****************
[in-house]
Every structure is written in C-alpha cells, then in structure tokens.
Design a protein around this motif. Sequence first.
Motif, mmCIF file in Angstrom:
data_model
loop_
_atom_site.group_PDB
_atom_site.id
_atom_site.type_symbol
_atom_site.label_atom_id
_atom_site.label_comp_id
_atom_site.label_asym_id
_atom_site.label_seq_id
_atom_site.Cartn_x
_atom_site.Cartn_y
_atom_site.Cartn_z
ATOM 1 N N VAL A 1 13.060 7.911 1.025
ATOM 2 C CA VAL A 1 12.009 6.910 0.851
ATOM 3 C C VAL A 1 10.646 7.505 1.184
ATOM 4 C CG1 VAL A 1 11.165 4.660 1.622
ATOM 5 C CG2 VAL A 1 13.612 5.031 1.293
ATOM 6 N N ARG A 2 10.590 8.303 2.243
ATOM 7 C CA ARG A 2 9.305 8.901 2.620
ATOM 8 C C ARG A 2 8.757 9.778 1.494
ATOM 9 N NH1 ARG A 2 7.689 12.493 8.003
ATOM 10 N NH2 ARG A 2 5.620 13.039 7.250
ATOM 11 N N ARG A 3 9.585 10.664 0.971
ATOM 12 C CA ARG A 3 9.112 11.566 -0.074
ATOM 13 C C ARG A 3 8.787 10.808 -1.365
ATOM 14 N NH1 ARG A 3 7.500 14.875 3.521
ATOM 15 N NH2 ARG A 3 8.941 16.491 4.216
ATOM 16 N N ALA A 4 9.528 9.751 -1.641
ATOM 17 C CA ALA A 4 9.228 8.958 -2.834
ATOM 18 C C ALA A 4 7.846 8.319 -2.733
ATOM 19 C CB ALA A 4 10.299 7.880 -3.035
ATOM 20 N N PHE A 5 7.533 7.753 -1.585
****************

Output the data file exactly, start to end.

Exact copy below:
[in-house]
Every structure is written in C-alpha cells, then in structure tokens.
Design a protein around this motif. Sequence first.
Motif, mmCIF file in Angstrom:
data_model
loop_
_atom_site.group_PDB
_atom_site.id
_atom_site.type_symbol
_atom_site.label_atom_id
_atom_site.label_comp_id
_atom_site.label_asym_id
_atom_site.label_seq_id
_atom_site.Cartn_x
_atom_site.Cartn_y
_atom_site.Cartn_z
ATOM 1 N N VAL A 1 13.060 7.911 1.025
ATOM 2 C CA VAL A 1 12.009 6.910 0.851
ATOM 3 C C VAL A 1 10.646 7.505 1.184
ATOM 4 C CG1 VAL A 1 11.165 4.660 1.622
ATOM 5 C CG2 VAL A 1 13.612 5.031 1.293
ATOM 6 N N ARG A 2 10.590 8.303 2.243
ATOM 7 C CA ARG A 2 9.305 8.901 2.620
ATOM 8 C C ARG A 2 8.757 9.778 1.494
ATOM 9 N NH1 ARG A 2 7.689 12.493 8.003
ATOM 10 N NH2 ARG A 2 5.620 13.039 7.250
ATOM 11 N N ARG A 3 9.585 10.664 0.971
ATOM 12 C CA ARG A 3 9.112 11.566 -0.074
ATOM 13 C C ARG A 3 8.787 10.808 -1.365
ATOM 14 N NH1 ARG A 3 7.500 14.875 3.521
ATOM 15 N NH2 ARG A 3 8.941 16.491 4.216
ATOM 16 N N ALA A 4 9.528 9.751 -1.641
ATOM 17 C CA ALA A 4 9.228 8.958 -2.834
ATOM 18 C C ALA A 4 7.846 8.319 -2.733
ATOM 19 C CB ALA A 4 10.299 7.880 -3.035
ATOM 20 N N PHE A 5 7.533 7.753 -1.585